U.S. Army Corps of Engineers Los Angeles District Commander Col. Julie Balten, center, speaks to attendees about the Little Colorado River at Winslow Flood-Control project. Also pictured are Winslow City Mayor Roberta Cano, left, and Sen. Krysten Sinema, right, who also discussed goals for the project during a panel discussion and site visit April 11 in Winslow, Arizona. The project area includes about 4.3 miles of flood-risk reduction levee and improvements, located along the Little Colorado River near Winslow. (Photo by Robert DeDeaux, Los Angeles District PAO)

U.S. Army Corps of Engineers Los Angeles District Commander Col. Julie Balten, center, speaks to attendees about the Little Colorado River at Winslow Flood-Control project. Also pictured are Winslow City Mayor Roberta Cano, left, and Sen. Krysten Sinema, right, who also discussed goals for the project during a panel discussion and site visit April 11 in Winslow, Arizona. The project area includes about 4.3 miles of flood-risk reduction levee and improvements, located along the Little Colorado River near Winslow. (Photo by Robert DeDeaux, Los Angeles District PAO)

The flowing Little Colorado River is pictured April 11 in Winslow, Ariz. The Little Colorado River at Winslow Flood-Control Project is slated to receive more than $65 million in federal funding from the bipartisan Infrastructure and Investment Jobs Act to complete design and construction. (Photo by Robert DeDeaux, Los Angeles District PAO)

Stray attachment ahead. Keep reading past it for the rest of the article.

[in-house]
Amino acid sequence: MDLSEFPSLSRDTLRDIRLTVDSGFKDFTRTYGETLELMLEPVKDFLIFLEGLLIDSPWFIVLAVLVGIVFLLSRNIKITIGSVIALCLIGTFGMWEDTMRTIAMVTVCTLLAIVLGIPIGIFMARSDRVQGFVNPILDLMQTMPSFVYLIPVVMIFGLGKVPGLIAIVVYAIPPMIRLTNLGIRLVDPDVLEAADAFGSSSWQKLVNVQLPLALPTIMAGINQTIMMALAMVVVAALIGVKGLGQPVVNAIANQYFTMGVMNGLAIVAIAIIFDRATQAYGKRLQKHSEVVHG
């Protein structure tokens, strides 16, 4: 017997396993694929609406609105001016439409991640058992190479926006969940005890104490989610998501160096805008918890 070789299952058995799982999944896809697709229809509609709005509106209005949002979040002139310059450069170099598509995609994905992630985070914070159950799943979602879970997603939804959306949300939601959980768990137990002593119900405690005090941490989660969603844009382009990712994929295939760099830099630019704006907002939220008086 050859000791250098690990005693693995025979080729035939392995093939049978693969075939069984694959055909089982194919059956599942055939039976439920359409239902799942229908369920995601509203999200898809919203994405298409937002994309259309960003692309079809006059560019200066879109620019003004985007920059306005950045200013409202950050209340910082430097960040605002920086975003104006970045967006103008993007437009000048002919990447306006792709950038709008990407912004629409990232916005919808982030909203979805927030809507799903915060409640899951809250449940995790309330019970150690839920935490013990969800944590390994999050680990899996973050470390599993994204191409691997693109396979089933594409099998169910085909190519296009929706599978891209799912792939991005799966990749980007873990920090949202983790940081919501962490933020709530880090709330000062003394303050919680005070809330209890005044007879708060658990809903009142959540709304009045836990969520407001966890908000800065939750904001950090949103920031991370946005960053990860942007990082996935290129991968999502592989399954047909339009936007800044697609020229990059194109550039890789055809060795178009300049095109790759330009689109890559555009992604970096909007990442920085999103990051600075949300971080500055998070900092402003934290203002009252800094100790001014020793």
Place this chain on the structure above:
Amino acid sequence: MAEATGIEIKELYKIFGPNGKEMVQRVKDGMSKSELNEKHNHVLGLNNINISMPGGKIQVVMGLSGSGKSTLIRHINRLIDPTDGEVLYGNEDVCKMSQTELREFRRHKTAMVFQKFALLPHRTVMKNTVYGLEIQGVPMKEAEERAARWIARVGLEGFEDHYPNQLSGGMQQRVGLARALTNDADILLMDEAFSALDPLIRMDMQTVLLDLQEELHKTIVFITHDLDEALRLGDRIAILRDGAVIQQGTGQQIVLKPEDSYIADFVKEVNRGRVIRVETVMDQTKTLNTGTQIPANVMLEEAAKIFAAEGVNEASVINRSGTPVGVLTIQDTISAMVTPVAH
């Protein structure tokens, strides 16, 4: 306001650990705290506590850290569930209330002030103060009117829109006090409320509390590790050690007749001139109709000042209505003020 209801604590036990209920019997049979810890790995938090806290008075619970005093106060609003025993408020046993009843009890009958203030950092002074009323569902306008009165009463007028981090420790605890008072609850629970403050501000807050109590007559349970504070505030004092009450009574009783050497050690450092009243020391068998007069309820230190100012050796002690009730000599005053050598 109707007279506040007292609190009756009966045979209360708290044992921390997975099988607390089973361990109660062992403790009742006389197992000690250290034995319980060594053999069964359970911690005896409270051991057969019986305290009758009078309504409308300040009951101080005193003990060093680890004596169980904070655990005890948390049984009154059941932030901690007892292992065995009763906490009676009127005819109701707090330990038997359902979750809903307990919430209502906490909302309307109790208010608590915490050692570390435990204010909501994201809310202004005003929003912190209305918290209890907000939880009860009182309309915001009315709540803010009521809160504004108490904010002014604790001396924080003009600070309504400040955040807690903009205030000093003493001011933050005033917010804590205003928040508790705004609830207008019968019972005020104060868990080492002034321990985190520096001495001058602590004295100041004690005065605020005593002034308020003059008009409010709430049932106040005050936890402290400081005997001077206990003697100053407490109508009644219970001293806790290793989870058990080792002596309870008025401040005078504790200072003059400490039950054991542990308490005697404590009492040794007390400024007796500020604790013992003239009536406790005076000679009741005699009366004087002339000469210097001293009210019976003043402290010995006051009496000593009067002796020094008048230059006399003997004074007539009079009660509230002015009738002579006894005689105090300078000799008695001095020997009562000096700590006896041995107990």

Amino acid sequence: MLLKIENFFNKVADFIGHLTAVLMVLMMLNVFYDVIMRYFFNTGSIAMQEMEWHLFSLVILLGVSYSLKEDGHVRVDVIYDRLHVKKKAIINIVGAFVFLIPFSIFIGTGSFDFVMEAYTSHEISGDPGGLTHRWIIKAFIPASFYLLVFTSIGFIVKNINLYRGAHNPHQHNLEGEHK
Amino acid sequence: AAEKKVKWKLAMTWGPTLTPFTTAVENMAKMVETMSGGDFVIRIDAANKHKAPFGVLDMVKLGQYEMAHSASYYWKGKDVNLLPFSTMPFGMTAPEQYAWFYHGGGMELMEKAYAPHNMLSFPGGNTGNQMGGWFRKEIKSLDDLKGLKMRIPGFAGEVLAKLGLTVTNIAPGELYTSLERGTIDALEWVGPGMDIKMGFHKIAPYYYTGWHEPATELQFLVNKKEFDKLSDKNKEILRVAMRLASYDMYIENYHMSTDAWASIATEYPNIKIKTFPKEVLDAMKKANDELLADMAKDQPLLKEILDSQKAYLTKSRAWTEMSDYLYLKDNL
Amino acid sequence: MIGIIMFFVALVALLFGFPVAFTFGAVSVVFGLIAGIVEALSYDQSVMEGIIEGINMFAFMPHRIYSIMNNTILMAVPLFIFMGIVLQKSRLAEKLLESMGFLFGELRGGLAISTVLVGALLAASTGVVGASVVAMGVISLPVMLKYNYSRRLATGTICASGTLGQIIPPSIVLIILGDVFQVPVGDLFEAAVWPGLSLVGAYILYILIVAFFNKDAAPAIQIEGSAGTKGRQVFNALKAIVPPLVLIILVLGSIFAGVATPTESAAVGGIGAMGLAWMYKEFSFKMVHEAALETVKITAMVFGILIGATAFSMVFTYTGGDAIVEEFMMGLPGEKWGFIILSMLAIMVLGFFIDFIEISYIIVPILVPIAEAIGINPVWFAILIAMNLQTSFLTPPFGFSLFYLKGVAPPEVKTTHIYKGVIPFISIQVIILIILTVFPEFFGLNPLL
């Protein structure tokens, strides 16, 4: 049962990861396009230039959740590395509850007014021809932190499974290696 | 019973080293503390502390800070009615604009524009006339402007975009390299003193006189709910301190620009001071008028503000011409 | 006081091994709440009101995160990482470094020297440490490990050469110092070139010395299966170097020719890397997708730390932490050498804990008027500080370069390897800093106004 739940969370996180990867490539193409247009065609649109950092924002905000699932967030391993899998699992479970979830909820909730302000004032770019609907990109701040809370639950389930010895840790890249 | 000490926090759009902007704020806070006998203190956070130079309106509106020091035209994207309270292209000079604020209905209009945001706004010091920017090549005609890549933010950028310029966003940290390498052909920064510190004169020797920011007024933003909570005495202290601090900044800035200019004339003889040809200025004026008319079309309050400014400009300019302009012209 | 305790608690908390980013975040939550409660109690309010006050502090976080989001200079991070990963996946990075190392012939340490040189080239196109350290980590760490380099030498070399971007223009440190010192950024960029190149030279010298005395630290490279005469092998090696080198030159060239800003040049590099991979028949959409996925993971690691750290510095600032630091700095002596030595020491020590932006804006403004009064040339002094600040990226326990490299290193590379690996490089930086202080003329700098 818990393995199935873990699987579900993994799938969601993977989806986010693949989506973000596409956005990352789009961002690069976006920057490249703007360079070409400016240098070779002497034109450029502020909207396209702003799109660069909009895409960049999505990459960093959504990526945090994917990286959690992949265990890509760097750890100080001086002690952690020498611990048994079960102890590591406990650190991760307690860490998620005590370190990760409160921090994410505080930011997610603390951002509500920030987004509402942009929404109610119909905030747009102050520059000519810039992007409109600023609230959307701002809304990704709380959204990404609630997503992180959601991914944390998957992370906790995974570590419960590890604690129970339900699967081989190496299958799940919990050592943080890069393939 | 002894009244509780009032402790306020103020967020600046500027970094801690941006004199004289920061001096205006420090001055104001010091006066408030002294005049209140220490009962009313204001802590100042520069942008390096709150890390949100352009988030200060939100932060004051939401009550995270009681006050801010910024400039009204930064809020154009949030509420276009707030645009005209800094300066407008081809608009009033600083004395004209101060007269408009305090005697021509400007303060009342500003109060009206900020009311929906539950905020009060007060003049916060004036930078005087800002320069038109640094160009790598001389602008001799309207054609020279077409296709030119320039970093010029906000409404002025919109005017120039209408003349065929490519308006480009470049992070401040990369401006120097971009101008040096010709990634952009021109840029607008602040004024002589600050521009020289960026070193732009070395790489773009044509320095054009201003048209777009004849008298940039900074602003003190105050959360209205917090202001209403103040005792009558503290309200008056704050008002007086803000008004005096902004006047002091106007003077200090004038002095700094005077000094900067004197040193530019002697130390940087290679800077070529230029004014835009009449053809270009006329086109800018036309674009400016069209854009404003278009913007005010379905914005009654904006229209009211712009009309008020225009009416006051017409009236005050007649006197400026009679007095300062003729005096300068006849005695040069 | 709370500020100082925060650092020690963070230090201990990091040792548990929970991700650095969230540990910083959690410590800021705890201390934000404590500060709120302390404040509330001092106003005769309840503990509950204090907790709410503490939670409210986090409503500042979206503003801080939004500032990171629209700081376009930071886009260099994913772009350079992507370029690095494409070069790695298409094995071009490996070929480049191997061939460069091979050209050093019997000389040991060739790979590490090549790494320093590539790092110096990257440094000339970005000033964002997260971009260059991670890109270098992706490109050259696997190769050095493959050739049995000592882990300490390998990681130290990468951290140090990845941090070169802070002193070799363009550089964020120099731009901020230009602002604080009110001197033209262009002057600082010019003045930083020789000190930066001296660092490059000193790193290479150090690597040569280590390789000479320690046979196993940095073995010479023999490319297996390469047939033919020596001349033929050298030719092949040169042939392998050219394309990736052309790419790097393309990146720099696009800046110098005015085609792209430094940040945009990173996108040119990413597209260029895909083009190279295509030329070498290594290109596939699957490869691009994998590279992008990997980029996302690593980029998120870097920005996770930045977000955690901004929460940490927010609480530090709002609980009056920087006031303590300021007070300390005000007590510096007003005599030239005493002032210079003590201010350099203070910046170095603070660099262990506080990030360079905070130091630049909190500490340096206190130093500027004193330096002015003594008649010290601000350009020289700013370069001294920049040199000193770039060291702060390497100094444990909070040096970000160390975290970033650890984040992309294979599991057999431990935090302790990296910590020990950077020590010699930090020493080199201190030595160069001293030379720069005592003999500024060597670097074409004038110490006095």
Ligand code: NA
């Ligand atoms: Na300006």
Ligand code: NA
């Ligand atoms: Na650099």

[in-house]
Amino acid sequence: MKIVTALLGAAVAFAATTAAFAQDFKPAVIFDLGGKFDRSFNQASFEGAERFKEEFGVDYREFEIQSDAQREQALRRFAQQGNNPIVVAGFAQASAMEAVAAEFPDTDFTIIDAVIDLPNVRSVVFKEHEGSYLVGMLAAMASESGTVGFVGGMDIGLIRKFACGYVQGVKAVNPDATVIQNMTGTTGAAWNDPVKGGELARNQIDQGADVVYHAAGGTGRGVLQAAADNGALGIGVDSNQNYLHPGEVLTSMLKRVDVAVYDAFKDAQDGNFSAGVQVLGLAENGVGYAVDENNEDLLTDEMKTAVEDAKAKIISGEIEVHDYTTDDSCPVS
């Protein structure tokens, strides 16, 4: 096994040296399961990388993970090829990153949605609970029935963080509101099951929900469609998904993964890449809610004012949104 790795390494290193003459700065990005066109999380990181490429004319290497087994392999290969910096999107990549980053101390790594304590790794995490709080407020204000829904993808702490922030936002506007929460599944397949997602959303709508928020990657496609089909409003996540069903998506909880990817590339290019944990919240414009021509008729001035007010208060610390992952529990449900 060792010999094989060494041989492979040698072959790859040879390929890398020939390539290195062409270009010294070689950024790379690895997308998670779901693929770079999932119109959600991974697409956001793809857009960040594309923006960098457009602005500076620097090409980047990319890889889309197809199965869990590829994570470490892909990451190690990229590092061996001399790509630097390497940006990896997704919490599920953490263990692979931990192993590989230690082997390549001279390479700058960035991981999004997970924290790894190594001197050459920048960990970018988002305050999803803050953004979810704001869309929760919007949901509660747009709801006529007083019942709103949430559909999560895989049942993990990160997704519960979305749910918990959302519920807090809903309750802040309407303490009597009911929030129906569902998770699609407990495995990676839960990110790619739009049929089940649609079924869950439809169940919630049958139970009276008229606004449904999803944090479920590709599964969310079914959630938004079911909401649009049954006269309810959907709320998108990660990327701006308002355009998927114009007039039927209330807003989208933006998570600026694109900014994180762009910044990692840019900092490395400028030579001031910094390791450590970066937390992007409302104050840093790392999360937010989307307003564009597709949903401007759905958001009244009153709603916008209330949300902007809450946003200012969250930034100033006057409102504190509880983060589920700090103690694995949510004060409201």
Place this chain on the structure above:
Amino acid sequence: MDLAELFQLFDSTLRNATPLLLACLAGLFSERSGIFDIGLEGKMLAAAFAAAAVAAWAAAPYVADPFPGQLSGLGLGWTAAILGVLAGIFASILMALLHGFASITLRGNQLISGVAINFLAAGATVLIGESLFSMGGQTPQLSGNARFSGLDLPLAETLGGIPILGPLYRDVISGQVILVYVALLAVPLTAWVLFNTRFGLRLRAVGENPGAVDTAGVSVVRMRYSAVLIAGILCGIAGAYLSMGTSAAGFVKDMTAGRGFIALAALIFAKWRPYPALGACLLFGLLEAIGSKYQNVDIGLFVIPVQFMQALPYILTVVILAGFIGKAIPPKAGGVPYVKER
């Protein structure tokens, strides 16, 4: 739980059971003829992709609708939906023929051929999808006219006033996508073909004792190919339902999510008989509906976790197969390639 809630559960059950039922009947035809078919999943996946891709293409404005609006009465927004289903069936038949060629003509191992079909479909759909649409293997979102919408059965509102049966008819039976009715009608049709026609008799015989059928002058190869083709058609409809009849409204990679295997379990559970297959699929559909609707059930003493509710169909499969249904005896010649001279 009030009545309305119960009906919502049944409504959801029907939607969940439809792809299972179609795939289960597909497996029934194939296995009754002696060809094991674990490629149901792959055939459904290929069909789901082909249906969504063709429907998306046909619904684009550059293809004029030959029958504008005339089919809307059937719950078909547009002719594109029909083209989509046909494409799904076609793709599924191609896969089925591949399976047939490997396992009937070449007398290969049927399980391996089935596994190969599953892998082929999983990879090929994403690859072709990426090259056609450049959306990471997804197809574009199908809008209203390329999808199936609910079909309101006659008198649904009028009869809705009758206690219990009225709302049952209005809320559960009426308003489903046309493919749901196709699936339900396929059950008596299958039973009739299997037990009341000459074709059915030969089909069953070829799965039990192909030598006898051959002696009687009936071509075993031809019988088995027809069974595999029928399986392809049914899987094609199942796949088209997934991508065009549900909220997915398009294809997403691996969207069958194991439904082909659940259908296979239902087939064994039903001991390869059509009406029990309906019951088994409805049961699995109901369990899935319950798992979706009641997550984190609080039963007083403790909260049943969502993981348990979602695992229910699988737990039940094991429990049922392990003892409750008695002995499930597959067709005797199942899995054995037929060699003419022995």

The flowing Little Colorado River is pictured April 11 in Winslow, Ariz. The Little Colorado River at Winslow Flood-Control Project is slated to receive more than $65 million in federal funding from the bipartisan Infrastructure and Investment Jobs Act to complete design and construction. (Photo by Robert DeDeaux, Los Angeles District PAO)

Dense thickets of Tamarisk, or salt cedar, infest the banks and the riverbed of the Little Colorado River April 11 in Winslow, Arizona. Salt cedar is an invasive plant species, according to the U.S. Forest Service. Salt cedar consumes lots of water, grows between 12 to 15 feet in height, is often covered with salt secretions and increases the chance and severity of fires and floods in the area. (Photo by Robert DeDeaux, Los Angeles District PAO)

Dense thickets of Tamarisk, or salt cedar, infest the banks and the riverbed of the Little Colorado River April 11 in Winslow, Arizona. Salt cedar is an invasive plant species, according to the U.S. Forest Service. Salt cedar consumes lots of water, grows between 12 to 15 feet in height, is often covered with salt secretions and increases the chance and severity of fires and floods in the area. (Photo by Robert DeDeaux, Los Angeles District PAO)

The Little Colorado River flows underneath bridges at mile marker 345 April 11 in Winslow, Ariz. Salt cedar, an invasive plant species along the banks and riverbed, increases the chance and severity of fires and floods in Navajo County. (Photo by Robert DeDeaux, Los Angeles District PAO)